It took a lengthier-than-expected internal debate to convince myself that I shouldn’t name this week’s column for Isis’s 2002 album Oceanic, if only because I’d wager that most of you would look at me (or this column) with some bafflement. “Yes, Toby, we get it–but what do whaling disasters have to do with experimental metal bands?” So instead: metaphor, unreliable narrators, Aphex Twin, and cannibalism.
Reading Marc Weidenbaum’s book on Aphex Twin’s Selected Ambient Works Volume II has, not surprisingly, gotten me to revisit the album in a big way. (Ditto Alarm Will Sound’s fantastic version of “Blue Calx.”) And the breadth of the interviewees here is impressive, including Seymour Stein, Oceans of Sound author David Toop, and Warren Ellis, who riffs a bit on Aphex Twin’s unlikely connection to his run on The Authority. Weidenbaum has essentially written a smart guide to the music of Richard D. James, with nods to how music was discussed on the internet in the mid-90s, the influence of Brian Eno on this album, and questions of translating deeply digital music to physical instruments. It’s fascinating stuff, concisely assembled.
From one set of obsessions to another: Caitlin R. Kiernan’s The Drowning Girl focuses on a young woman, Imp, as she sets out to document several troubling months in her life. It isn’t that Imp is an unreliable narrator as much as she’s an unconventional one: her schizophrenia causes the narrative to loop back on itself, and sometimes fragment, as certain events recur from multiple perspectives. Imp has long been obsessed with a painting (which shares a title with the novel), and a series of events suggest something paranormal at work, connecting a figure in this painting with the woman Imp discovers, naked and soaking wet, by the side of the road one night. Read one way, this could be the story of a haunting; in another, it’s about its narrator’s struggle to maintain a constant relationship with reality and hold on to the stable relationship she’s found. At times, its fragmented narrative and ambiguities reminded me of Brian Evenson’s magnificent The Open Curtain.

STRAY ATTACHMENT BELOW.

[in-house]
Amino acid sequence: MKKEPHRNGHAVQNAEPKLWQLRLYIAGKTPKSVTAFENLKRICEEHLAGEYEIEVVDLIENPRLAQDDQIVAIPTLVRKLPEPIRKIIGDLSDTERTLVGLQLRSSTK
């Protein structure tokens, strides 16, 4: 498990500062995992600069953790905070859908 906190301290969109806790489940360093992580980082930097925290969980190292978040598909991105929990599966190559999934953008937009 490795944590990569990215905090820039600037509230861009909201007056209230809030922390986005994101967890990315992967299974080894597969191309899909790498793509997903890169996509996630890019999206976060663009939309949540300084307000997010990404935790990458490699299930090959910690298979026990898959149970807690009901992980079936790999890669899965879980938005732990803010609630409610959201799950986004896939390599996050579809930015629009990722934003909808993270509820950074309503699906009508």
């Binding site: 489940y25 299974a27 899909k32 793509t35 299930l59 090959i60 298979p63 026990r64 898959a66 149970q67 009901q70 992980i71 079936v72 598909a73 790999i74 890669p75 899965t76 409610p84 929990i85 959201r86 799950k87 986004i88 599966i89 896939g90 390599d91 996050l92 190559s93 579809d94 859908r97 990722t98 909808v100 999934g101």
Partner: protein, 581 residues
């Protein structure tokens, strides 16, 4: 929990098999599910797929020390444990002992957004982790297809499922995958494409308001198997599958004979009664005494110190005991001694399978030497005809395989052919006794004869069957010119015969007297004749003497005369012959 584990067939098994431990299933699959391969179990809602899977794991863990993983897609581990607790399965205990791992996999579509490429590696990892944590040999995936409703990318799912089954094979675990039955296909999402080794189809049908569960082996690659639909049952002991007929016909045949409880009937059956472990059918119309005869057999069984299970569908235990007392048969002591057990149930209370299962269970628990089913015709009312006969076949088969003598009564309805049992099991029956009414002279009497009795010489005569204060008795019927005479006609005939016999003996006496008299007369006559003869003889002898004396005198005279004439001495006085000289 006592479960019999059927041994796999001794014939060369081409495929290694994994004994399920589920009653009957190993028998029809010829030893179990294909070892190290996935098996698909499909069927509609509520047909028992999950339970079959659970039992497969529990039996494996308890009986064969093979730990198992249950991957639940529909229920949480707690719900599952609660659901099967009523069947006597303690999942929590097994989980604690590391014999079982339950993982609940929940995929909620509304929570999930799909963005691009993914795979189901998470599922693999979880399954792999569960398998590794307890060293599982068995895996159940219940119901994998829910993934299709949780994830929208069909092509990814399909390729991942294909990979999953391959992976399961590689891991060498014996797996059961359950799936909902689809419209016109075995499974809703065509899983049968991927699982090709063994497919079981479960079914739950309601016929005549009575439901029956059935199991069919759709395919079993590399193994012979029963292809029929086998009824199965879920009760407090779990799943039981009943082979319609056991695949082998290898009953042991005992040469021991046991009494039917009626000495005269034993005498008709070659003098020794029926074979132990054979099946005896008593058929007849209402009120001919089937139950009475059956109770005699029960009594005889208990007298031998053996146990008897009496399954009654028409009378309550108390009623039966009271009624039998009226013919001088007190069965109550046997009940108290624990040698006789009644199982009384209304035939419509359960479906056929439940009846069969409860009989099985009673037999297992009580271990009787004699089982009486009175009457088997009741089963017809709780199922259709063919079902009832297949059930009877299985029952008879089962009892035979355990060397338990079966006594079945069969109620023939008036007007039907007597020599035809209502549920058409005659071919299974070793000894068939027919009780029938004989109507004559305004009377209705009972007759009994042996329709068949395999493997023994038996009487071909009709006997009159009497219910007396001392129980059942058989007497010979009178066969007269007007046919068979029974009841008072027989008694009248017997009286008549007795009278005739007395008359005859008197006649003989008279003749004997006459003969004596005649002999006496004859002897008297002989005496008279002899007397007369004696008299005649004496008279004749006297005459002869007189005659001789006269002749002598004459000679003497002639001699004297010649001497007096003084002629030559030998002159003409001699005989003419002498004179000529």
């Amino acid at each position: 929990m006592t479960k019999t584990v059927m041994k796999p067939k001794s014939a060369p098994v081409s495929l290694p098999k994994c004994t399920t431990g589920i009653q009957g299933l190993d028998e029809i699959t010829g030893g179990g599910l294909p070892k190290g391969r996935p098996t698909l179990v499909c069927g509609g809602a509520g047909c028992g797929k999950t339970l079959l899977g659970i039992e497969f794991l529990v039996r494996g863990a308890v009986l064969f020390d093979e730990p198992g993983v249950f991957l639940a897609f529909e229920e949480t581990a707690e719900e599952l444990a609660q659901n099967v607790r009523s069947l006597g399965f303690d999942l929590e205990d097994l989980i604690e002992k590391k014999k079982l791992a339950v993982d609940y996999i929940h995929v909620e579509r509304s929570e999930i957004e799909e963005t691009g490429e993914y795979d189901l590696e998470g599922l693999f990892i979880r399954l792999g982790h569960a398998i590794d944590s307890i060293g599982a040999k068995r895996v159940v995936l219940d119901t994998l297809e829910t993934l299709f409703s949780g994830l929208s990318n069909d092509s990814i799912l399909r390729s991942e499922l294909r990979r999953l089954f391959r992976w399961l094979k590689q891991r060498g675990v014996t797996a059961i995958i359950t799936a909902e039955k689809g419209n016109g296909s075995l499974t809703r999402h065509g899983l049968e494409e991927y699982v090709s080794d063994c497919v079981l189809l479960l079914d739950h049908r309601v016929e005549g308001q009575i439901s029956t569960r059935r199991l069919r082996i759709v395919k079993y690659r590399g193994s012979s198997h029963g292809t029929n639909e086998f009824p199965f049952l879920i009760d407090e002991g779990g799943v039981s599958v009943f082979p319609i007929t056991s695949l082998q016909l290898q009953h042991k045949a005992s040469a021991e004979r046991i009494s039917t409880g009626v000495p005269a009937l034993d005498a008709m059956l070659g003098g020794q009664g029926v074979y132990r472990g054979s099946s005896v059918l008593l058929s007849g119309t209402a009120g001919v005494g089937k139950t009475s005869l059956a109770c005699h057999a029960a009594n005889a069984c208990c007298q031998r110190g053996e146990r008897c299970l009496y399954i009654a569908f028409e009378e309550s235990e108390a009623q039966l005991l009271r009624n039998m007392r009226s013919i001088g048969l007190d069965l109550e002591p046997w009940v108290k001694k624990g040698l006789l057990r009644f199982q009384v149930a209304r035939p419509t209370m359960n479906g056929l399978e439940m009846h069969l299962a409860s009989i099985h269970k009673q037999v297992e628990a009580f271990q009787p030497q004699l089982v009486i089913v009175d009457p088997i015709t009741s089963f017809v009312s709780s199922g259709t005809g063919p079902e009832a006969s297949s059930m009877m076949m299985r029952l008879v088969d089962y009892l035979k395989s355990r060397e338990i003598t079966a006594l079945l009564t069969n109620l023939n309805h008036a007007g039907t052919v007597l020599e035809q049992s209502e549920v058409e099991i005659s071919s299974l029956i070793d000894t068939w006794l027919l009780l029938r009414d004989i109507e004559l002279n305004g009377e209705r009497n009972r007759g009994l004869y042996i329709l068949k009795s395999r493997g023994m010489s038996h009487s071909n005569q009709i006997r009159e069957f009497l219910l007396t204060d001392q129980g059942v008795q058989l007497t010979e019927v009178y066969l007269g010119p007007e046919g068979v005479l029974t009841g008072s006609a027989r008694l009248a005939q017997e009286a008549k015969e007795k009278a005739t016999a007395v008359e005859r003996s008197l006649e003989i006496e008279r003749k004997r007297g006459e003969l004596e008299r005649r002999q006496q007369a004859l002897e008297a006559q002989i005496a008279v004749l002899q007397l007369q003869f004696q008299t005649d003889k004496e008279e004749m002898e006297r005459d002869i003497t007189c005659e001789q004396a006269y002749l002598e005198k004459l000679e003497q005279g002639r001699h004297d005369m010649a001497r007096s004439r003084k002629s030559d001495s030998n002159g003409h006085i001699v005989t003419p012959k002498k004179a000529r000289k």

The New England setting of Kiernan’s novel paralleled the portrait of nineteenth-century Nantucket in Nathaniel Philbrick’s In the Heart of the Sea. It’s the story of the ship Essex, which was attacked by a whale in the Pacific, and went on to inspire the film 2010: Moby Dick, along with some novel that some of you may have read. The narrative itself, which captivated audiences since not long after the disaster, is a gripping one, and Philbrick recounts it well and adds in information from similar disasters to make the crew’s attempts for survival even more wrenching. And his detail on Nantucket’s history and the uneasy racial politics of 19th-century whaling also made for fascinating reading.